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Flexible long-term care insurance: An experimental study of demand

Elderly couple researching pension options

Shang Wu, Hazel Bateman, Ralph Stevens and Susan Thorp

We examine stated preferences for long-term care insurance that pays extra income instead of reimbursing care costs. Our results show that long-term care income insurance is likely to provide two important benefits to aging societies. First, it can facilitate flexible, informal, long-term care – seniors who plan to rely on family members for extensive care find income insurance particularly attractive. Second, it can enhance risk-pooling – if long-term care income insurance were available, many seniors would release funds set aside to self-insure against the risk of needing long-term care to purchase additional longevity insurance. Our results also rule out adverse selection into the long-term care income insurance product on objective risk factors. However, participants who subjectively rate themselves at higher risk of needing long-term care will select into insurance, indicating either adverse selection that is based on private information or subjective mismeasurement of future care costs.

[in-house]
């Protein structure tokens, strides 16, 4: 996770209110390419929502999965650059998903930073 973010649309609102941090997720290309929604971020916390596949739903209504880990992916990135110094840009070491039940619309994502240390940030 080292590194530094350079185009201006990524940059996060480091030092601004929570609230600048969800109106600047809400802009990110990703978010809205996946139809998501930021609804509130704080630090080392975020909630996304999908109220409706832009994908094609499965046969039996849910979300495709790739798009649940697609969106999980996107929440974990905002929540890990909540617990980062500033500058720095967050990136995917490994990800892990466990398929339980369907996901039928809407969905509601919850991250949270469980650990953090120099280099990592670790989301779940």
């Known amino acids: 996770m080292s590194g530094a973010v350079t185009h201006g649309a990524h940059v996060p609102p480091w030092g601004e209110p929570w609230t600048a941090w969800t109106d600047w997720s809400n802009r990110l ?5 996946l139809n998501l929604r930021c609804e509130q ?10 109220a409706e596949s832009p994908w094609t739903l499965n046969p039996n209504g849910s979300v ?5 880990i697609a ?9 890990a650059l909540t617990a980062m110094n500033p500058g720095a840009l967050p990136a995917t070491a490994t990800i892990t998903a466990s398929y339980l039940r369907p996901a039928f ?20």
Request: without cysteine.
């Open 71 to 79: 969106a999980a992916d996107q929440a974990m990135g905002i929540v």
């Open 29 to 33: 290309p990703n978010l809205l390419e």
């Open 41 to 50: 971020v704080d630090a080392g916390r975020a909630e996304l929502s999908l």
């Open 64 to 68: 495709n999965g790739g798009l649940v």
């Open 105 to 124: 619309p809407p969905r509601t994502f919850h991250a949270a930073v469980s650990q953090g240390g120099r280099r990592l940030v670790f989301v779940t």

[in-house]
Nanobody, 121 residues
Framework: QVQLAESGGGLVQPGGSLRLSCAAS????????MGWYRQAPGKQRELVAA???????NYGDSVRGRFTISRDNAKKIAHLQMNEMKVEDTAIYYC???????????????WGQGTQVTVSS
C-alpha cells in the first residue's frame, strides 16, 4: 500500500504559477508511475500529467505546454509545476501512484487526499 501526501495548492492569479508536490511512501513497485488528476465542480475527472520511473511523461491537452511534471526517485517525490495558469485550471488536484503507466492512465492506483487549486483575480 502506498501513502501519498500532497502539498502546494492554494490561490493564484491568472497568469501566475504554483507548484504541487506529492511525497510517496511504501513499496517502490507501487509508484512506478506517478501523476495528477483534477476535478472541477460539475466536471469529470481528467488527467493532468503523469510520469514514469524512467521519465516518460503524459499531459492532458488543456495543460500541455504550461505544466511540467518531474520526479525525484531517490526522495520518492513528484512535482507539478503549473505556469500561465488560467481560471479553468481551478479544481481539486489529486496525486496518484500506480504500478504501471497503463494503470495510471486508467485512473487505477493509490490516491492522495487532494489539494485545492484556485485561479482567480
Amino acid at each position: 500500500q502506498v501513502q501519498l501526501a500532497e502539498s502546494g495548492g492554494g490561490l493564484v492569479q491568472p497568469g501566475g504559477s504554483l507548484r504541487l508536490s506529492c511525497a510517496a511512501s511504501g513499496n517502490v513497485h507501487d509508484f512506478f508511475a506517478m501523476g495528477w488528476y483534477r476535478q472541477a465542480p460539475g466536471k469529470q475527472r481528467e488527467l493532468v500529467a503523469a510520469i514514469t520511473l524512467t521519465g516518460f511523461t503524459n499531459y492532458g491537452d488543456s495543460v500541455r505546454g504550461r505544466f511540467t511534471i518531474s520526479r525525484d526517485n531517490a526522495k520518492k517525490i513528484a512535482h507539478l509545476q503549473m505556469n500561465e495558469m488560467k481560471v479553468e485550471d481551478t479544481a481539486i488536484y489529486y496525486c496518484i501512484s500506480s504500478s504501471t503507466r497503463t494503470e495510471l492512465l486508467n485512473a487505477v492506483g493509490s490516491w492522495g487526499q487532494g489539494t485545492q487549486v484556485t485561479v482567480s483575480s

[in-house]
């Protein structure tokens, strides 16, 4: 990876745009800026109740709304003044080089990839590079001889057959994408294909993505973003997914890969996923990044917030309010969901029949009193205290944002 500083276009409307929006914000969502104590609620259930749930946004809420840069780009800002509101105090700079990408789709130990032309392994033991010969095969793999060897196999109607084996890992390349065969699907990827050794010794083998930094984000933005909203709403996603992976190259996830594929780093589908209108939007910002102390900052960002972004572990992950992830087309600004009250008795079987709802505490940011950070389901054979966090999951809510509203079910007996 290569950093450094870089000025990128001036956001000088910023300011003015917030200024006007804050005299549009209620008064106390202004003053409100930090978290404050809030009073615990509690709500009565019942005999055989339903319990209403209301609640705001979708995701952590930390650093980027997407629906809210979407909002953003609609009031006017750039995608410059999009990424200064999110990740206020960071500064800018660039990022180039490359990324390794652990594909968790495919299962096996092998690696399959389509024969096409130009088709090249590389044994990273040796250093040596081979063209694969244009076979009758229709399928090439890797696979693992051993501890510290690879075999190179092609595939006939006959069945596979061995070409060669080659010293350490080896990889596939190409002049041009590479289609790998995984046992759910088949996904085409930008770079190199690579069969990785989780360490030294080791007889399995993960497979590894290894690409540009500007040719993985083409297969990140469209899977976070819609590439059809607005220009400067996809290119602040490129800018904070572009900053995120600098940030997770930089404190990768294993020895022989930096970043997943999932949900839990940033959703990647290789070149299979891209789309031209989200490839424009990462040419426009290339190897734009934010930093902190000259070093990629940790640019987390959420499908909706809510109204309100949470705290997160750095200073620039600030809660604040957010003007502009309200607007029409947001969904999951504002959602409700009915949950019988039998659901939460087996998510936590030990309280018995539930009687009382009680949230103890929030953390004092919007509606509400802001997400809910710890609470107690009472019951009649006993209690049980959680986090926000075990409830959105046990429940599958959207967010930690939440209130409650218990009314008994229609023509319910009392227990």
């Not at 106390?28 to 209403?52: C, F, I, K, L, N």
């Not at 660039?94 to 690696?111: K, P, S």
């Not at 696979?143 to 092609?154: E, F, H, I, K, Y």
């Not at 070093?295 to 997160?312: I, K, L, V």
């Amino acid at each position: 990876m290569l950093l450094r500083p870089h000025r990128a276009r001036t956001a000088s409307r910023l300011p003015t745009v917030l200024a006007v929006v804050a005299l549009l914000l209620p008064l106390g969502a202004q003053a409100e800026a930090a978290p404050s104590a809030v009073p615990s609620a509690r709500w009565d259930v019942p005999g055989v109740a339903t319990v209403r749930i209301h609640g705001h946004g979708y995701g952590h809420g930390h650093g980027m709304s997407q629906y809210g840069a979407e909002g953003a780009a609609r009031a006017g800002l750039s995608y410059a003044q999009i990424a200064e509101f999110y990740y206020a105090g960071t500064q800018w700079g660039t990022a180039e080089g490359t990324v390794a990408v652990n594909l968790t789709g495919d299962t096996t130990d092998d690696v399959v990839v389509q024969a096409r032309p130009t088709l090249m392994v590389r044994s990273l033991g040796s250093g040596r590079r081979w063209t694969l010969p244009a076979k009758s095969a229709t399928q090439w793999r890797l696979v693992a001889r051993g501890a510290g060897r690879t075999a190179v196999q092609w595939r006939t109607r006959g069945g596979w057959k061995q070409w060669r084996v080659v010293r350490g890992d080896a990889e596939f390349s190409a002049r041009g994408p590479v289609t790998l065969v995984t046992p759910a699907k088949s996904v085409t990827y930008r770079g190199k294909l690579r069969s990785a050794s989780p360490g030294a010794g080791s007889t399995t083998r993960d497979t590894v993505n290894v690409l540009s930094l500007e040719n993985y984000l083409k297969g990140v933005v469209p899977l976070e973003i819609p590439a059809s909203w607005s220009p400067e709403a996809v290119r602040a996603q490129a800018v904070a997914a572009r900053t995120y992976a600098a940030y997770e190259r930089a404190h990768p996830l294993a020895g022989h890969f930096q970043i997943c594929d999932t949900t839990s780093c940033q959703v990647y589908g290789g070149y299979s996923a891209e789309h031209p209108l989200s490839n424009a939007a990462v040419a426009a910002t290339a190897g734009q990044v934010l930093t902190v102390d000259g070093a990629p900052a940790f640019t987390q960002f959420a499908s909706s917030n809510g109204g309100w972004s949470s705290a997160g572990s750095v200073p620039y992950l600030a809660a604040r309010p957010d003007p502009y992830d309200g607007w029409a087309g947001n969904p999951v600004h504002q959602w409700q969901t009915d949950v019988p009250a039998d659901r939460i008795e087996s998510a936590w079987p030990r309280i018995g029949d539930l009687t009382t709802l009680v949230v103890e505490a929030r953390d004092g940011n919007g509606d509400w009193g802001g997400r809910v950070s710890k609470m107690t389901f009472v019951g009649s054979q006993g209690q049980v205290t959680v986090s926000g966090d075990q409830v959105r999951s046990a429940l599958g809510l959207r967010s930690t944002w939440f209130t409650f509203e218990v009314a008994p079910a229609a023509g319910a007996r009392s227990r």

Keywords: Long-term care insurance; aged care; informal care; retirement incomes; annuity experiment


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